Entrepreneurs need more than bright ideas and seed money. They may excel at technology or marketing, but they also must set up a company, negotiate contracts with financial backers and handle other legal tasks — expertise that even many attorneys lack.
As part of the university’s Innovation and Entrepreneurship Initiative, Duke Law School has begun filling that gap with programs that are training attorneys to meet the special needs of startups and other new ventures.
“I got to law school and realized fairly quickly that the traditional path wasn’t for me,” says Daniel Pratl, a Rutgers Law graduate who in May received one of Duke Law’s new LLM degrees in law and entrepreneurship. Spending two semesters with faculty experts and local entrepreneurs “gave me a chance to work with people from different kinds of start-ups with very different goals and experiences. Those experiences allowed me to take a step back, see the bigger picture and figure out a path forward.” Pratl is now a business strategy consultant with Red Hat, the open-source software company based in the Research Triangle.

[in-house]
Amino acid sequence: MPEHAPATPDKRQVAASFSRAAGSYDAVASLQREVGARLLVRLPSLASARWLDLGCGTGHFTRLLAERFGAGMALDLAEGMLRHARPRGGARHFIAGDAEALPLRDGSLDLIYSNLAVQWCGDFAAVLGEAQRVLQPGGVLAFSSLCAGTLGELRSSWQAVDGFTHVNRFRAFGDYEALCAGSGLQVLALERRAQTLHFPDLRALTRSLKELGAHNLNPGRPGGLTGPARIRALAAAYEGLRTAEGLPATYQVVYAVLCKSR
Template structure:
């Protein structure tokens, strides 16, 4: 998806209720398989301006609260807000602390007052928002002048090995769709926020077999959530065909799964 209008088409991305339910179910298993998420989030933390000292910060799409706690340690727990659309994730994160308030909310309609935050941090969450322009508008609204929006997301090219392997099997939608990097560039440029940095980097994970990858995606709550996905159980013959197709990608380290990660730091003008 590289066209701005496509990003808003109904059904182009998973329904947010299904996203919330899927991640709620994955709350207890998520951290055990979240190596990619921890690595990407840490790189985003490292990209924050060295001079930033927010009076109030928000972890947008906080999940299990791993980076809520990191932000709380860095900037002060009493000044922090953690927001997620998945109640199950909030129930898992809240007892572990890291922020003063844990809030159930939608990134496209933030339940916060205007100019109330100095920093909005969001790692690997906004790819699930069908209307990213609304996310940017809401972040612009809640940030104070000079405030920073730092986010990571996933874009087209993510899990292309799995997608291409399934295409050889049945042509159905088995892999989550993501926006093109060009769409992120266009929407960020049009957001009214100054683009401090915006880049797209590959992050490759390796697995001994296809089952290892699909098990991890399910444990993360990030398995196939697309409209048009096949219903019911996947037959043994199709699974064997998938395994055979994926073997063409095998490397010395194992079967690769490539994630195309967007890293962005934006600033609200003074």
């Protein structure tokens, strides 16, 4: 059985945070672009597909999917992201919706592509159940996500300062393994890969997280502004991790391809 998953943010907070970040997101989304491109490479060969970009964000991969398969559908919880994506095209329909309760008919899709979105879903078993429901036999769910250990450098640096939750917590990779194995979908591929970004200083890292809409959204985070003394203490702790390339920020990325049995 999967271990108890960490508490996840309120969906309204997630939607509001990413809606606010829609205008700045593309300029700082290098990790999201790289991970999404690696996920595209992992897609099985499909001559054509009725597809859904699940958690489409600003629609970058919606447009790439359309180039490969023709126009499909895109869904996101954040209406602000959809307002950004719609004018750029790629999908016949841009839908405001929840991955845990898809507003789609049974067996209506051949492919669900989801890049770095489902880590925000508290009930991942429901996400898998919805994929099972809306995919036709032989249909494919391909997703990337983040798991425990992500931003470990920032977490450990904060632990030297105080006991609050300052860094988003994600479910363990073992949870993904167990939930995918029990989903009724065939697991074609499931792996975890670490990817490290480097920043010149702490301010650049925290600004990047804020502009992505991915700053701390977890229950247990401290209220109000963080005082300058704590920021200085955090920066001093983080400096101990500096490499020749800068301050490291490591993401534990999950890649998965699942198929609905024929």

Elizabeth Youngkin parlayed an internship she obtained through the program into a position at Clinipace, a local contract research organization where she serves as in-house attorney and team leader. Youngkin manages the contract startup process for global clinical trials, using legal skills ranging from negotiation to regulatory analysis.
“Through the program I met scientists and entrepreneurs on the verge of commercializing their ideas,” she says. “I had an opportunity to study alongside fellow entrepreneurially-minded attorneys and learn from their diverse experiences, including skills for advising entrepreneurs and small businesses.”